Skip to 3 minutes and 47 secondsBut this time we're going to use a glass U tube, which sometimes can help us see the products of electrolysis a bit easier. We've got a solution here of copper sulphate solution, about 0.1 molar solution. And we're going to our U tube and then connect up our electrodes. So we're using about 75 millilitres or so of copper sulphate solution.

Skip to 4 minutes and 9 secondsAnd remember that when you're finished with this solution, don't pour it down the sink because it's not good for the environment. And then again to lower our electrodes in. And again, using our power pack turn on. And then we should start seeing some results at our electrodes. This time what we're looking for is at our electrodes we should see gas being produced at one electrode and nothing appearing to happen at the other electrode to start off with. However, if we wait a couple of minutes, then we should be able to see something produced at both electrodes. So what we're seeing here now is we're seeing bubbles at the positive electrode.

Skip to 4 minutes and 45 secondsBut initially, we can't really see much at the negative electrode until we lift the electrodes out of solution. At the positive electrode we're producing oxygen. And that will actually start to react sometimes with the carbon electrodes to give us carbon dioxide. But that's the approach that's best left for further study rather than trying to deal with that now. So we'll turn the power pack off, and then we can lift the electrodes out. And now if we look at the electrodes, we will see that on the negative electrode we've got some red deposits, which are pure copper being deposited on the carbon electrode. This process is used for refining copper.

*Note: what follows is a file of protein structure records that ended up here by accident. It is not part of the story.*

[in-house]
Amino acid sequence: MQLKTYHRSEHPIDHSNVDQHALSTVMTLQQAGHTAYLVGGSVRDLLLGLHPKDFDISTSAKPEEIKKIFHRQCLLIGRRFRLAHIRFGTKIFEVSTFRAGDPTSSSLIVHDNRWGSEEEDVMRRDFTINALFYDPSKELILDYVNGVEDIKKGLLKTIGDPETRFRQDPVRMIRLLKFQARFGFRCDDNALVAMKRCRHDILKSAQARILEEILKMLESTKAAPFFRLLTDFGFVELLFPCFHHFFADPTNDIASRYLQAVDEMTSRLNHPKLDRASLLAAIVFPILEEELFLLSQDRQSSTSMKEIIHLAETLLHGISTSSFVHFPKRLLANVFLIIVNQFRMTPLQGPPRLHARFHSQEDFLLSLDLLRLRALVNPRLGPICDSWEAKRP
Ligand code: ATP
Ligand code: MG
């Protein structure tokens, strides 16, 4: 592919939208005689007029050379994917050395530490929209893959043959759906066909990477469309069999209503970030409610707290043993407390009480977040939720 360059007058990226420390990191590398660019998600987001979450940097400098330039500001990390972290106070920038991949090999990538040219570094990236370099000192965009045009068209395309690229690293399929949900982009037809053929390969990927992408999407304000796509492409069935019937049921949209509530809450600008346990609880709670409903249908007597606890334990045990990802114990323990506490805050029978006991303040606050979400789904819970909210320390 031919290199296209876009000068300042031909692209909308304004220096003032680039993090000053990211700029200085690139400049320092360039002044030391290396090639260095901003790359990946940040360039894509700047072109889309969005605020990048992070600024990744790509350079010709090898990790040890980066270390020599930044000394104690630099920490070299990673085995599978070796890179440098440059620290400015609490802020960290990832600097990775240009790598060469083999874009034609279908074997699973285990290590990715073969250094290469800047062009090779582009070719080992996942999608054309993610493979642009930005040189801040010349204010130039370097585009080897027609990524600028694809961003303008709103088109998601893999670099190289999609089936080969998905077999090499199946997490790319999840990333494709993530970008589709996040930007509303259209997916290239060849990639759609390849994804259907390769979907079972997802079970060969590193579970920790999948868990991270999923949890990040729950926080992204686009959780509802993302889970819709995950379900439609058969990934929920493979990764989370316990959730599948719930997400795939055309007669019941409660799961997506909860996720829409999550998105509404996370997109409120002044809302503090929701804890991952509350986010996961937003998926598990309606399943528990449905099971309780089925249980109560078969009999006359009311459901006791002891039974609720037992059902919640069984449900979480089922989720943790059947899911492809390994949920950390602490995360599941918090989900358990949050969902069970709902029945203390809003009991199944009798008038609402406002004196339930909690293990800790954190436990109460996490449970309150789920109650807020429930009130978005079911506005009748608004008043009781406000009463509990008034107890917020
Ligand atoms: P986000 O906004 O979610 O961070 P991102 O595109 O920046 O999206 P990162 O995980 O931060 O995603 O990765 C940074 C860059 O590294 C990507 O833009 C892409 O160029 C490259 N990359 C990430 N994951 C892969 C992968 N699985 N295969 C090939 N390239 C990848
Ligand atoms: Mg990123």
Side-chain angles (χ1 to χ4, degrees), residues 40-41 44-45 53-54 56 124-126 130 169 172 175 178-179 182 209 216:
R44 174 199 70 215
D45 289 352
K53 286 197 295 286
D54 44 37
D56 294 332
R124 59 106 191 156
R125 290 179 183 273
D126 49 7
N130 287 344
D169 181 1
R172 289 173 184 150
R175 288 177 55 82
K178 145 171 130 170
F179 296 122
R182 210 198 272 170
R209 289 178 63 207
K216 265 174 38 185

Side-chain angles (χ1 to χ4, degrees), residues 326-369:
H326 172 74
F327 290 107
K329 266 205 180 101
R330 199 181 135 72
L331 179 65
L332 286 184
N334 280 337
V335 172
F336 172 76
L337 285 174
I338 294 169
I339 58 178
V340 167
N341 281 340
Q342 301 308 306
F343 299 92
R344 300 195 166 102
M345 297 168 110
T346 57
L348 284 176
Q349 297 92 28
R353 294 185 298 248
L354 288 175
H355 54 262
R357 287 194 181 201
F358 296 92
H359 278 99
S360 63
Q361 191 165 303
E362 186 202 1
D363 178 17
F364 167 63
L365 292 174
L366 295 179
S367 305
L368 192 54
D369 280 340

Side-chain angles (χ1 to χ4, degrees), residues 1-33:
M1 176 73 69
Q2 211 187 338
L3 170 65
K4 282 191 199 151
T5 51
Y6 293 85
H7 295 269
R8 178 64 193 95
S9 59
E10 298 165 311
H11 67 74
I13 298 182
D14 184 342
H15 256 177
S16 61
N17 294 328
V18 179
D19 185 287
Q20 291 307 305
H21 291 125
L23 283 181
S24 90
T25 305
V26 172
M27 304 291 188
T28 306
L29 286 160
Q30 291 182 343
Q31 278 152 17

Skip to 5 minutes and 20 secondsAnd for that, we have a pure copper rod on the negative electrode and we have impure lump of copper on the positive electrode. And as the reaction happens, the impure gets smaller and pure copper gets deposited on the pure copper wire. And that's used for commercial refining of copper.

Introducing electrolysis

The video above is the standard way that many of you will have carried out electrolysis at school. The first experiment starts with a chemical familiar to all students, common salt (sodium chloride) dissolved in water to make a salt solution (brine). One of the products of this reaction is chlorine, which is a very important industrial chemical. The second experiment uses copper (II) sulfate to produce copper metal.

Context

Electrolysis is an important industrial process to produce products that are used in everyday life.

Chlorine, produced in the electrolysis of brine (sodium chloride) solution is used for drinking water purification. The production of chlorine to form compounds to sterilise water has been one of the most important contributions to public health, giving millions of people clean drinking water, free from microbes.

Without electrolysis of other solutions the purification of metals such as copper would not be able to take place. Copper is the most vital metal in electrical systems, without electrolysis, the development of electricity supply would have been very limited. Similarly, electrolysis is used for electroplating (the coating of objects with a fine metal coating). Uses range from car wheels to manufacturing jewellery, as electrolysis can let us deposit a controlled amount of one metal onto the surface of another.

In the next steps we consider how we might engage students with this common practical.

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This video is from the free online course:

Teaching Practical Science: Chemistry

National STEM Learning Centre